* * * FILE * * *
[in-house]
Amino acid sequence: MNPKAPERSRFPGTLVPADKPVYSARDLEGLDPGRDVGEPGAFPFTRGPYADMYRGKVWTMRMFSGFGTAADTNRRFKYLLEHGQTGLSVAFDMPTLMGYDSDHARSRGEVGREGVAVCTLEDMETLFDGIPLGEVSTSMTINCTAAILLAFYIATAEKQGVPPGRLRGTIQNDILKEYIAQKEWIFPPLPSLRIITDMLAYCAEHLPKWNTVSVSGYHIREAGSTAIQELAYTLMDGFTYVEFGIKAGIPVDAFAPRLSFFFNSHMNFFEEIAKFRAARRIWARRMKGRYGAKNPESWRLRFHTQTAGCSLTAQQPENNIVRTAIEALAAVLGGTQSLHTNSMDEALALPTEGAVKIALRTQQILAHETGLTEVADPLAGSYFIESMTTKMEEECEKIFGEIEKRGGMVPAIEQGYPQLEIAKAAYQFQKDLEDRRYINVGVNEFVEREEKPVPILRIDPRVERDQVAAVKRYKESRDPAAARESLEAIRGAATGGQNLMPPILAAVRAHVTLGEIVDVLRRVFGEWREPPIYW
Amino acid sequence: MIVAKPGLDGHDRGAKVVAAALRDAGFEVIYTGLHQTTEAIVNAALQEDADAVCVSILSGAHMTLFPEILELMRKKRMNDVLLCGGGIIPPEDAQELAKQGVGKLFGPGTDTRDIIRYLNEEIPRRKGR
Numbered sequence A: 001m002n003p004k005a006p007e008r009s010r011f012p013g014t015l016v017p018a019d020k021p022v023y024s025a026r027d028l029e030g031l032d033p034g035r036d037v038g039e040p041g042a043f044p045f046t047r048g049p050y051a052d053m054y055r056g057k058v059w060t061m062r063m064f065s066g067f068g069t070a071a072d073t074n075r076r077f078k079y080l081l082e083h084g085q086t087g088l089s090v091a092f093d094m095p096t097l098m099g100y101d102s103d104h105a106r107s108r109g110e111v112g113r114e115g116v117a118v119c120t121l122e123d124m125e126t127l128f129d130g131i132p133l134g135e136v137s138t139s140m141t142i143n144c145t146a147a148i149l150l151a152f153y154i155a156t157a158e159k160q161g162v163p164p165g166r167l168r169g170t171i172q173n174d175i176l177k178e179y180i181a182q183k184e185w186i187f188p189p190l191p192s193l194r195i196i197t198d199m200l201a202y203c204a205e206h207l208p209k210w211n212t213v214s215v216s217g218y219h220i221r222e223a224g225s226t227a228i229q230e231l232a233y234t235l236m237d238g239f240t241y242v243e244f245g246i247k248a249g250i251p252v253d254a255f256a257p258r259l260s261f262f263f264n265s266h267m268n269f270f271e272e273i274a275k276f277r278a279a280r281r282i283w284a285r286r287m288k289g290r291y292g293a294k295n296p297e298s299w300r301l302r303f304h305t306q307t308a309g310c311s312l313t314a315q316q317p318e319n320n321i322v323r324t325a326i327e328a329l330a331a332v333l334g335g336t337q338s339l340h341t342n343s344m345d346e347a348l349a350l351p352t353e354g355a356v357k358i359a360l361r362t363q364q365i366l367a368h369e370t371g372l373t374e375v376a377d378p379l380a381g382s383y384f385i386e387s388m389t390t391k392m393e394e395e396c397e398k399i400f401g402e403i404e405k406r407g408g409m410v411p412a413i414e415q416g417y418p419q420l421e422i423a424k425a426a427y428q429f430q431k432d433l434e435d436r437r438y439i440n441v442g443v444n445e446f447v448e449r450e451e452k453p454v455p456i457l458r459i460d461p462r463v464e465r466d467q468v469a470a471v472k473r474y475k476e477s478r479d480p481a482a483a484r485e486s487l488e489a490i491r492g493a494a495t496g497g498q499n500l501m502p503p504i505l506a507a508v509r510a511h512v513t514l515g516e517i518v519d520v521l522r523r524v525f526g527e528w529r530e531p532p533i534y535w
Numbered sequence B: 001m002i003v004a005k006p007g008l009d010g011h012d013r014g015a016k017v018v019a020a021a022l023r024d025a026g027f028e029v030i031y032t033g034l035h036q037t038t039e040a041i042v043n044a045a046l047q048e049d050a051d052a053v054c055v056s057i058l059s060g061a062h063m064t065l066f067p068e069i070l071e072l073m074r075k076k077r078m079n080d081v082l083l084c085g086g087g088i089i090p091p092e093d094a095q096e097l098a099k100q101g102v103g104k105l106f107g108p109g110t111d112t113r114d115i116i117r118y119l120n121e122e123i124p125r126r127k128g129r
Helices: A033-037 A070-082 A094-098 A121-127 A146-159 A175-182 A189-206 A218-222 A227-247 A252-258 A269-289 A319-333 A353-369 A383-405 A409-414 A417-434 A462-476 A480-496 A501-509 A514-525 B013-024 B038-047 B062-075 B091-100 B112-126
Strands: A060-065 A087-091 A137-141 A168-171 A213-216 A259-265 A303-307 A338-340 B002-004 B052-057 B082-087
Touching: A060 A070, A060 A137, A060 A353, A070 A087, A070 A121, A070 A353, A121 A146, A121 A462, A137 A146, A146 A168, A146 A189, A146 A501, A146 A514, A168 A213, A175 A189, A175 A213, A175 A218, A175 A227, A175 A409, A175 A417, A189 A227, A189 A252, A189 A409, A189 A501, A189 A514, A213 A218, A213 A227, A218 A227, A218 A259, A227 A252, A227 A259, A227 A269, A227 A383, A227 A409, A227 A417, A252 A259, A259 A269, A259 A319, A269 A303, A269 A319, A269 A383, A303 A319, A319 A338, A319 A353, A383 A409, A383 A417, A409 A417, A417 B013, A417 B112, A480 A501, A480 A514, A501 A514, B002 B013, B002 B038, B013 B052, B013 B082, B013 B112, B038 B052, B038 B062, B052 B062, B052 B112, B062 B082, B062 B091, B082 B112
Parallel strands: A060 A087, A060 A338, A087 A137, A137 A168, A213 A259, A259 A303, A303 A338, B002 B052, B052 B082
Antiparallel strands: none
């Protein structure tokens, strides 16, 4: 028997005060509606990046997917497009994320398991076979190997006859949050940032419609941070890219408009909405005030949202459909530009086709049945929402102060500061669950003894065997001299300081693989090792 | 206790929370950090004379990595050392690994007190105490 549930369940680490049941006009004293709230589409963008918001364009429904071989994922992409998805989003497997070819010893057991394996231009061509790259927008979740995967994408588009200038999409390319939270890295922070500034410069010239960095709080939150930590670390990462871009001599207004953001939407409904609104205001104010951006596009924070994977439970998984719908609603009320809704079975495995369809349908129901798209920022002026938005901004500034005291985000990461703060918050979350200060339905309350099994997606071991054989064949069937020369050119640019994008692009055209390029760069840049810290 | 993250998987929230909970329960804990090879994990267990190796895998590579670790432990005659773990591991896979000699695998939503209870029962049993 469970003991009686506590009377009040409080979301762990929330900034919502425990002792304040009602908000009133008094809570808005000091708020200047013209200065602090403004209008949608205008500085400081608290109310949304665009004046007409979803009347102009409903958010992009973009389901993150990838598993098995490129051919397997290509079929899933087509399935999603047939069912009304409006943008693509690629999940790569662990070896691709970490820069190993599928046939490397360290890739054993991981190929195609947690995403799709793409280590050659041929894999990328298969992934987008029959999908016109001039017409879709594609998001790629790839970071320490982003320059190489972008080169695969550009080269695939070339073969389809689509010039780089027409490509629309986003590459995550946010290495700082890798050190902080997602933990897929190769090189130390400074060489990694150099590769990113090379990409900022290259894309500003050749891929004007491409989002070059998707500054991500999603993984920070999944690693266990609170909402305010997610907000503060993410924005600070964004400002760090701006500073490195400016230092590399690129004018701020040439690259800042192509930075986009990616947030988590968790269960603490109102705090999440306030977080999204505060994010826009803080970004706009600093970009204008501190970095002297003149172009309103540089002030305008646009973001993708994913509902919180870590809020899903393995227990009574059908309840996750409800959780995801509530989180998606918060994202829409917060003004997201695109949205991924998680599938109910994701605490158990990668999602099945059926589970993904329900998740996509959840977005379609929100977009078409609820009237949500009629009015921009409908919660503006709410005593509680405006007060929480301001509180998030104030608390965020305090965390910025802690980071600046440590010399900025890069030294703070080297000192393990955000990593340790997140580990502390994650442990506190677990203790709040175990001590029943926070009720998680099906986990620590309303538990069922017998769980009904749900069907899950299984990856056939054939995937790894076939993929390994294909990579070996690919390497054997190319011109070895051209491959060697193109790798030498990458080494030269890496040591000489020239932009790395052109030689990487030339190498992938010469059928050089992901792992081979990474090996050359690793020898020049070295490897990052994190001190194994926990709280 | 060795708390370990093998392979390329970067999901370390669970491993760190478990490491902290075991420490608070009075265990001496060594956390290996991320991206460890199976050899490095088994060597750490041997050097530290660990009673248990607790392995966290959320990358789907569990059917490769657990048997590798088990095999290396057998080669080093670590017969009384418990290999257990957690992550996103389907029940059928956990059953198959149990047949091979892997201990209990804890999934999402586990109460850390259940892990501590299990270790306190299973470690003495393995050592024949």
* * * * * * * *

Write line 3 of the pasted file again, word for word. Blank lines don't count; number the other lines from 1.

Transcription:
Amino acid sequence: MIVAKPGLDGHDRGAKVVAAALRDAGFEVIYTGLHQTTEAIVNAALQEDADAVCVSILSGAHMTLFPEILELMRKKRMNDVLLCGGGIIPPEDAQELAKQGVGKLFGPGTDTRDIIRYLNEEIPRRKGR